Test Setup and Temperature Benchmarks

Test Setup

Two test systems were employed here to give a look at what you might expect from a current-gen AMD and Intel CPU. With only higher end parts to test, the model numbers won’t be consistent with the budget build idea. Obviously a $500 PC isn’t going to be build around a $320 Core i7 4770K processor, but it is actually possible to build around AMD’s $185 high-end 7850K APU (if no discrete GPU is used). Regardless, the results will still show these coolers’ differences.

  AMD System Intel System
Processor AMD A10-7850K APU Intel Core i7 4770K
Motherboard ASRock FM2A88X-ITX+ ASUS Maximus VI GENE
Memory G.Skill Sniper 8GB 2133MHz G.Skill Sniper 8GB 2133MHz
Graphics Card (APU Graphics) NVIDIA GeForce GTX 770 (OEM)
Storage Plextor M5 Pro 128GB SSD OCZ Vertex 460 120GB SSD
Power Supply Corsair CX 750W Modular PSU Corsair CX 750W Modular PSU
OS Windows 7 Professional SP1 64-bit Windows 7 Professional SP1 64-bit

Temperature testing was done at both stock and overclocked loads, and measurements were made using RealTemp and HWMonitor. The room temps were a constant 18 C. For load temps Prime95 was used, with the max stress torture test run for a minimum of 10 minutes before the readings were taken.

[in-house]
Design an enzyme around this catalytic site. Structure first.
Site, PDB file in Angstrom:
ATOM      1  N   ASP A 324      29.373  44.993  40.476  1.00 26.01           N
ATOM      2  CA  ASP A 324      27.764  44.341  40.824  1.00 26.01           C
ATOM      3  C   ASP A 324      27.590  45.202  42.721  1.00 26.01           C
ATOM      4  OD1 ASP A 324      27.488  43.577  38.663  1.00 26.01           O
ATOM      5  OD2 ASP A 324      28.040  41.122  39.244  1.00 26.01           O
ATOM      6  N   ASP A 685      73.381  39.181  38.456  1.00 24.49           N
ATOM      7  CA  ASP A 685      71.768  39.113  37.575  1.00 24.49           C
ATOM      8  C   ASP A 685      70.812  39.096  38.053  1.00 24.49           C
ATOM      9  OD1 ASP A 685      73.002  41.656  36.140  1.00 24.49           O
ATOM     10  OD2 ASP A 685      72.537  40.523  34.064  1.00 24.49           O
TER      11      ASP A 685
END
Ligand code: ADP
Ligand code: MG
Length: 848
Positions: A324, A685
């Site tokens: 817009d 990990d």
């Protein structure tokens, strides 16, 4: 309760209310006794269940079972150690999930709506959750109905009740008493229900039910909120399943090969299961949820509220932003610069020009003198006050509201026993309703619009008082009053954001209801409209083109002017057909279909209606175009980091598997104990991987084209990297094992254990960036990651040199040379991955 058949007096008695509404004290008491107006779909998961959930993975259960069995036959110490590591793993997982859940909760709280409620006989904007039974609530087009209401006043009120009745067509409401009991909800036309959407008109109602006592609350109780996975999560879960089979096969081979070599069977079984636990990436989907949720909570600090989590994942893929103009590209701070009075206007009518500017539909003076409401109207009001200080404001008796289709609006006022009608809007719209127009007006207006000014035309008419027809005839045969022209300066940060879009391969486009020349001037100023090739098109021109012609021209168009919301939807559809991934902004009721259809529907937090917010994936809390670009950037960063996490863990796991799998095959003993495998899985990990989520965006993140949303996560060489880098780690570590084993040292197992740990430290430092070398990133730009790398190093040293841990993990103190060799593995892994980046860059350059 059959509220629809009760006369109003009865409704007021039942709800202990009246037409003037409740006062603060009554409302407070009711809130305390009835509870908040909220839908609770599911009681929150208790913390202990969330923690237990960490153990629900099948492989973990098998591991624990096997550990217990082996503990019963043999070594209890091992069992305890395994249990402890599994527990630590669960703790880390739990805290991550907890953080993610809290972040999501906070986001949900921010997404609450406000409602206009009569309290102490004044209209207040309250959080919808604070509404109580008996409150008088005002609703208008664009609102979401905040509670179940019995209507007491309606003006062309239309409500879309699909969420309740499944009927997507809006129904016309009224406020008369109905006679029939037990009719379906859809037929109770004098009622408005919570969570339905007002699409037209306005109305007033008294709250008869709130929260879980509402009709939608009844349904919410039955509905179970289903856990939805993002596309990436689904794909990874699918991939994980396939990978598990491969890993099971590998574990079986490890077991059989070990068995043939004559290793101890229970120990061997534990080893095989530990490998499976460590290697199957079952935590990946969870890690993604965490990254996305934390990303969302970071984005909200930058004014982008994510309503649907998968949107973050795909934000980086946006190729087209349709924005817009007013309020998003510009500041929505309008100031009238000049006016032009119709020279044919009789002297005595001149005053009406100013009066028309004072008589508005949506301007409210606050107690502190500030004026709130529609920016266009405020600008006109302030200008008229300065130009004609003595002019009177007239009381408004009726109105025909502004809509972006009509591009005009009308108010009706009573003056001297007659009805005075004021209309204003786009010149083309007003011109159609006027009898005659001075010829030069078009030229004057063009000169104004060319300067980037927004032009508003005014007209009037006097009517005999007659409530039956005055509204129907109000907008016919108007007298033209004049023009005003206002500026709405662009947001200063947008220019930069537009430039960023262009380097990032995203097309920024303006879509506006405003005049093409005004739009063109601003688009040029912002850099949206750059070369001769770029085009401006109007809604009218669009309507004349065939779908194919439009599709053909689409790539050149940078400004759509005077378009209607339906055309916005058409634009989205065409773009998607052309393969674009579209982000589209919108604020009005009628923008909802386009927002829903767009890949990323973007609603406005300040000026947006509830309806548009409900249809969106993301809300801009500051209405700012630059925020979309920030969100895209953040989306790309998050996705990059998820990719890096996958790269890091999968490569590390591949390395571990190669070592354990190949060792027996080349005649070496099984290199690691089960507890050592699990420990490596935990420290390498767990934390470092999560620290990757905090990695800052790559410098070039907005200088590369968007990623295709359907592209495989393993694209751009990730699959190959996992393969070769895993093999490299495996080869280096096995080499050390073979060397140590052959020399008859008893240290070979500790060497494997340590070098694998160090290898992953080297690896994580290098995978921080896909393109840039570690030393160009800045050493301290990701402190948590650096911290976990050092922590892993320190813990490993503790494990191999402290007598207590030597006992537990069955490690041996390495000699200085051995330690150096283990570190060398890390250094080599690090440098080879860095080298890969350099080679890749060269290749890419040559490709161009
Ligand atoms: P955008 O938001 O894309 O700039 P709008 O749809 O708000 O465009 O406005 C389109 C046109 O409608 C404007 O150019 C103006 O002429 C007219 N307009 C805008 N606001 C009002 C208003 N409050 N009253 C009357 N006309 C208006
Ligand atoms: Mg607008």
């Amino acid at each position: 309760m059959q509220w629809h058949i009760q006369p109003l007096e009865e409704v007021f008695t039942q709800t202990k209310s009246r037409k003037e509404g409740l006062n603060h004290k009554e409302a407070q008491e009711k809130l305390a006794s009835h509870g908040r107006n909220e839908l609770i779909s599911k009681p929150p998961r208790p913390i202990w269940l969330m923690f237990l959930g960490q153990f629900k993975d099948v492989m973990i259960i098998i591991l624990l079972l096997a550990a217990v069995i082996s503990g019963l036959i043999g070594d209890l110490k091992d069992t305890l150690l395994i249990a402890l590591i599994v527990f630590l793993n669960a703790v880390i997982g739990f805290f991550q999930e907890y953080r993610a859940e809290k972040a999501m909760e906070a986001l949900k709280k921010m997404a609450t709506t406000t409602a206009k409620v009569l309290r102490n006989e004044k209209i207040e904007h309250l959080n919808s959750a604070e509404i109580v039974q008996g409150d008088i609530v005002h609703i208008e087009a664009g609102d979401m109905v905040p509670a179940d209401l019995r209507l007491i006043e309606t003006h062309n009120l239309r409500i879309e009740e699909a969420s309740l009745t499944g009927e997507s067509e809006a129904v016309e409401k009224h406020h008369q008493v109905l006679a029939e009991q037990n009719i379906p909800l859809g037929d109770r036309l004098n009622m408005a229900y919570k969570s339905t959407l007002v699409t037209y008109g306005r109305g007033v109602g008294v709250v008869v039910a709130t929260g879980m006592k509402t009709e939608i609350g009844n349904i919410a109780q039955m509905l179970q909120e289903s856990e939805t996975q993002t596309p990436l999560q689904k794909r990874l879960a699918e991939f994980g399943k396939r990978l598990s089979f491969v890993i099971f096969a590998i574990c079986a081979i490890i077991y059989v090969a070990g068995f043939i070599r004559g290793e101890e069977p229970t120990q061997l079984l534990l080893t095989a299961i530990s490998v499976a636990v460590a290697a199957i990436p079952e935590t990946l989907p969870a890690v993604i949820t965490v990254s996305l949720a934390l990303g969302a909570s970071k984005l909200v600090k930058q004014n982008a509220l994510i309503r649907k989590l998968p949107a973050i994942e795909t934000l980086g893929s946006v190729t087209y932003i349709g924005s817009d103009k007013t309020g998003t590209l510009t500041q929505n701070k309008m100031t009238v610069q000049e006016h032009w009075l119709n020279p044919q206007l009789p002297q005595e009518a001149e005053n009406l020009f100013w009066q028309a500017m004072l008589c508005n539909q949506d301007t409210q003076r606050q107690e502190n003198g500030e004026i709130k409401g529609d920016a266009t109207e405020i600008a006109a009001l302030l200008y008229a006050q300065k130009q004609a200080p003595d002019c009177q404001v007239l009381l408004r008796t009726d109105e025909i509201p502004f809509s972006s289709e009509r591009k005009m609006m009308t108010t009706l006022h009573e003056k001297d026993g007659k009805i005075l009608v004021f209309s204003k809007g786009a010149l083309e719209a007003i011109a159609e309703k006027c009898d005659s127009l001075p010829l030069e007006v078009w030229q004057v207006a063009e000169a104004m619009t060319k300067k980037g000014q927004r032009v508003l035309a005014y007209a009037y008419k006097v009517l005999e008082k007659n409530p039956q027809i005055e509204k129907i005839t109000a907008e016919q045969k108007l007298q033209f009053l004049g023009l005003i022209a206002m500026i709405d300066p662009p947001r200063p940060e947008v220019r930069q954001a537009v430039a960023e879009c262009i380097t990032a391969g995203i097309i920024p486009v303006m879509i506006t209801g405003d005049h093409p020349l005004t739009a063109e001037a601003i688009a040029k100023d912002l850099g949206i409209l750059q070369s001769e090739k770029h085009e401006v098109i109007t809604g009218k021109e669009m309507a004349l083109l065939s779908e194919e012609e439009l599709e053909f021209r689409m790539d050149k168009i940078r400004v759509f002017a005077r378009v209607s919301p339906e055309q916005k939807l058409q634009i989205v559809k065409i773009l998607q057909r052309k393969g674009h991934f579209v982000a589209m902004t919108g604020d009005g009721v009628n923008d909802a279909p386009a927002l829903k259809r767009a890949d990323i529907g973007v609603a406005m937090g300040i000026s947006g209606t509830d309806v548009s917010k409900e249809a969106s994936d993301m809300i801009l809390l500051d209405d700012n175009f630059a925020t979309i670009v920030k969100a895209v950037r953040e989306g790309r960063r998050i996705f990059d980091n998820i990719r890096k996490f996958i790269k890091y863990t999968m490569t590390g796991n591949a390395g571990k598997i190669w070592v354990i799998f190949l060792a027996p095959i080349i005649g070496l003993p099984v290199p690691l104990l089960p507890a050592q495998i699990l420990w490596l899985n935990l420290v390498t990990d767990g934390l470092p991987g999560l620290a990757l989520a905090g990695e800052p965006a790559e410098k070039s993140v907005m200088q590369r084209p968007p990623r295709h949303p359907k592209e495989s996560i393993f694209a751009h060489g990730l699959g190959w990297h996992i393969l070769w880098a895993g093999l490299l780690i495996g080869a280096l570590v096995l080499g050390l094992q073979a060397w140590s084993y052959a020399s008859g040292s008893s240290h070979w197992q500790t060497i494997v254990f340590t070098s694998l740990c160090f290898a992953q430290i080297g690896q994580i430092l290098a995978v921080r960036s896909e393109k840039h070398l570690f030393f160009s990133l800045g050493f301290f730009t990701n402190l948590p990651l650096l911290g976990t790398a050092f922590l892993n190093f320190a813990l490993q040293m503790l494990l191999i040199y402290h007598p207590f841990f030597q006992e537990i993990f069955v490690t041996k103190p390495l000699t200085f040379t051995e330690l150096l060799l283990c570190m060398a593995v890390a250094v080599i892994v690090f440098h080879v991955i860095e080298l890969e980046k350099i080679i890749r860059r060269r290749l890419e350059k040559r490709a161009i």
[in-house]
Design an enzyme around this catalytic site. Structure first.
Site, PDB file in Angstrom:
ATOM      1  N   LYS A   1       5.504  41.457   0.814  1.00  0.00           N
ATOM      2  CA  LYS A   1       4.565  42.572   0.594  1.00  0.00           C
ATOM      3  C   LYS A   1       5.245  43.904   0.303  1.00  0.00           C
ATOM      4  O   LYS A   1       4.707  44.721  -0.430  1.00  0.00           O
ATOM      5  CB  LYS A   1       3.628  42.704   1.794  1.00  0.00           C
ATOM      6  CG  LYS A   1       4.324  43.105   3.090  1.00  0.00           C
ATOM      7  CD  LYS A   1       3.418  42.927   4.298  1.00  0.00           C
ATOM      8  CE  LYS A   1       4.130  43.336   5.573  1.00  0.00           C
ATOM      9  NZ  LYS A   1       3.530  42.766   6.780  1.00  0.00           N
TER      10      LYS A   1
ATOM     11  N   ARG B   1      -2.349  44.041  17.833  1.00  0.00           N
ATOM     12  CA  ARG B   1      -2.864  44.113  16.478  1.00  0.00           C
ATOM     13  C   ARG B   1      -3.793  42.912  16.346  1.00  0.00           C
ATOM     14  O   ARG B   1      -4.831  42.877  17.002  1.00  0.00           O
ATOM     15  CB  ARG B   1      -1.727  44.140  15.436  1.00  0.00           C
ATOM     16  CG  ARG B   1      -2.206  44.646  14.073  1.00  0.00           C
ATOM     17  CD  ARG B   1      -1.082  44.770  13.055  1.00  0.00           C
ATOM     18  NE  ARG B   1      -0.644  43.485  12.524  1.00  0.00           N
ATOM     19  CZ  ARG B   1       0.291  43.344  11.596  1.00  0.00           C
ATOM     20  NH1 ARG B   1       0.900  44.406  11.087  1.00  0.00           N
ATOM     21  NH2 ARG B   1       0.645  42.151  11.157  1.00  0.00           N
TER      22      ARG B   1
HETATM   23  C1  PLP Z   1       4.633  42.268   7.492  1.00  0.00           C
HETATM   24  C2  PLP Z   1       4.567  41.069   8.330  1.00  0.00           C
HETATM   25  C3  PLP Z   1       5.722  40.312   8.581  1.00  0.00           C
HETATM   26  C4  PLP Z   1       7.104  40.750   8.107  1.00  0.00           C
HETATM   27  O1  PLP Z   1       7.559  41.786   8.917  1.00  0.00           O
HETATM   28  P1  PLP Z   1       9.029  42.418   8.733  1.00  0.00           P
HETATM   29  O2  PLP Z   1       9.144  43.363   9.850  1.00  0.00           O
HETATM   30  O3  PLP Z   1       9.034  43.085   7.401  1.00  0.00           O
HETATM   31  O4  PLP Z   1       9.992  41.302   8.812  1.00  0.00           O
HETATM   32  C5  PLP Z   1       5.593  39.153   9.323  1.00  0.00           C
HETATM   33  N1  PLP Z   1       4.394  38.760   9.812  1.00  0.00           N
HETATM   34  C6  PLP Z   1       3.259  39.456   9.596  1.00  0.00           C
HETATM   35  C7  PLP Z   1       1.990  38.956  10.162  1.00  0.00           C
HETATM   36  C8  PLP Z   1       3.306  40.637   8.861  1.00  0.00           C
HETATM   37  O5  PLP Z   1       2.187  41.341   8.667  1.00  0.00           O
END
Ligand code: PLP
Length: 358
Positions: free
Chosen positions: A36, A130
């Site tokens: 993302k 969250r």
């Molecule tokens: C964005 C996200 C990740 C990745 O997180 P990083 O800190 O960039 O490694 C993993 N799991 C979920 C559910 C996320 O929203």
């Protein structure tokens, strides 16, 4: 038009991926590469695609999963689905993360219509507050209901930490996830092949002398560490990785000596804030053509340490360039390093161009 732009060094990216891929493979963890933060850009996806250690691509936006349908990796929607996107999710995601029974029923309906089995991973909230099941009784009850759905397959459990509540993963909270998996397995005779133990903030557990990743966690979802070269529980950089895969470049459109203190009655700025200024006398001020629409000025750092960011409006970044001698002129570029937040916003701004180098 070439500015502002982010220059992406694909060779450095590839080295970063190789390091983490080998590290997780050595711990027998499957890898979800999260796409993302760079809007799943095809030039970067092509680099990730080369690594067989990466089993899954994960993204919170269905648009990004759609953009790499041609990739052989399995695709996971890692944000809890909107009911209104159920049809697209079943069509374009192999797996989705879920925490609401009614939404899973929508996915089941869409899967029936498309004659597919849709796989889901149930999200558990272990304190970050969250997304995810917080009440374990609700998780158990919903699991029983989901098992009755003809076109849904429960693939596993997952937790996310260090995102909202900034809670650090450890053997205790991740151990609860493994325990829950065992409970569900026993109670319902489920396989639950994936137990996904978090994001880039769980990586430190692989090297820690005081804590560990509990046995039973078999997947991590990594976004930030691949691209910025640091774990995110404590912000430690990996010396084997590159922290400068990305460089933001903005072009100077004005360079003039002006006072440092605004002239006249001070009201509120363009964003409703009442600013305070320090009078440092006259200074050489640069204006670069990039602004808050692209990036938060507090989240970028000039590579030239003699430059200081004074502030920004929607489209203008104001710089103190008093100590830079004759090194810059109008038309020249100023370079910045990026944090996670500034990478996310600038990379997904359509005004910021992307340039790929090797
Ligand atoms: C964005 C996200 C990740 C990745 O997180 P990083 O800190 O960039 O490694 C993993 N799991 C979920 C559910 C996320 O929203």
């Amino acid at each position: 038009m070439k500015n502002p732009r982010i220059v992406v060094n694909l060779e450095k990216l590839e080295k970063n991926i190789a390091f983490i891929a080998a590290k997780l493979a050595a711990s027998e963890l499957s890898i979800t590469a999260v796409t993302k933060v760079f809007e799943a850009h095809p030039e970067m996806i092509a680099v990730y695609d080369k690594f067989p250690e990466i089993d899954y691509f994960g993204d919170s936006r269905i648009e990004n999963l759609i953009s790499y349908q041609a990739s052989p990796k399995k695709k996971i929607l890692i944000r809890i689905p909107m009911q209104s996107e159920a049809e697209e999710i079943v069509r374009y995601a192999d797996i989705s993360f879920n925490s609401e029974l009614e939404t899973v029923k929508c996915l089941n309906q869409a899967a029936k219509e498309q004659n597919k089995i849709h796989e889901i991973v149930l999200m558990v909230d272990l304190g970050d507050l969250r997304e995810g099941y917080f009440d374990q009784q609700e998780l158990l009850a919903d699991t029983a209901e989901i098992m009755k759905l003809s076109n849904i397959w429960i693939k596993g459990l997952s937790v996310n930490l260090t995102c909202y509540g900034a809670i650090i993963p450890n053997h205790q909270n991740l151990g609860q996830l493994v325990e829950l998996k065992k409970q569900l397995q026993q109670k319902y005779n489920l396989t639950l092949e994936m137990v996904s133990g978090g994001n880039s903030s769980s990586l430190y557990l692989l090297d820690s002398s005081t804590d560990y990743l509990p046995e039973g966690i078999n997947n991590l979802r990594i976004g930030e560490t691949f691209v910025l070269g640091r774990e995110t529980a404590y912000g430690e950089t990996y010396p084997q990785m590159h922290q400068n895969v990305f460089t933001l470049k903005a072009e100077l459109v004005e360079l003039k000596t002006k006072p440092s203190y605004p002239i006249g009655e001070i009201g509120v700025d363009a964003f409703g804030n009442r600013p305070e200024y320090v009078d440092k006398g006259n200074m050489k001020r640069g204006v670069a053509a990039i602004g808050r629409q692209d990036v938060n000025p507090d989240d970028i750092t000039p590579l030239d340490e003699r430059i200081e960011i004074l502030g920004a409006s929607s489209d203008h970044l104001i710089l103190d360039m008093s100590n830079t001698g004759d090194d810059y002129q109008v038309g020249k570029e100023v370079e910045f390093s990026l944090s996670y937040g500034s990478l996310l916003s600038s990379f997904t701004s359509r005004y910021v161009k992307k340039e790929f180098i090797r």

Temperature Benchmarks - AMD

The Seidon 120V was very impressive for a budget liquid cooler here, keeping the 7850K at only 40 C at a full load. The Hyper 212 EVO was right behind it at just 41 C at load.  The stock cooler’s temps are not particularly impressive, as one might expect, but not bad – though the benefit of aftermarket cooling can clearly be seen here with the 13-14 degree decrease in temps with the Cooler Master offerings.

With the overclocked workload the Seidon 120V again leads the 212 EVO by just 1 degree C, and both coolers saw temps rise by 10 C over stock clocks. Excellent considering that 1.4V was required to keep this 4.40GHz overclock stable. The stock AMD cooler managed to keep the overclocked APU from overheating, but at 65 C it was pushing a lot of warm air down against the power delivery and memory on the motherboard.

Temperature Benchmarks - Intel

The 120V and Hyper 212 were pretty evenly matched with the stock 4770K, but the Seidon 120V managed lower load temps by 2 C. The results from the stock Intel cooler started off looking promising…and the temps kept climbing and climbing under load. 82 C is not exactly acceptable from a stock workload, though in Intel’s defense Prime95 is pegging the Haswell CPU at 100% on each core. Much better results were possible with the Intel cooler manually set to 100% fan speed, which lowered the temps a full 10 C to 72 C under load. This was not a typical situation, as the PWM fan is not going to reach 100% by default, so the PWM result was given on the chart.

The Hyper 212 EVO comes out on top here at the 4.50GHz OC load, and it's a good result for both aftermarket coolers given the punishing workload of the test and the hefty overclock on this Haswell CPU.

Note: There is no result for the Intel stock cooler here after the poor showing in the stock frequency test, so this 4.50GHz overclock was not attempted with Intel’s default solution.

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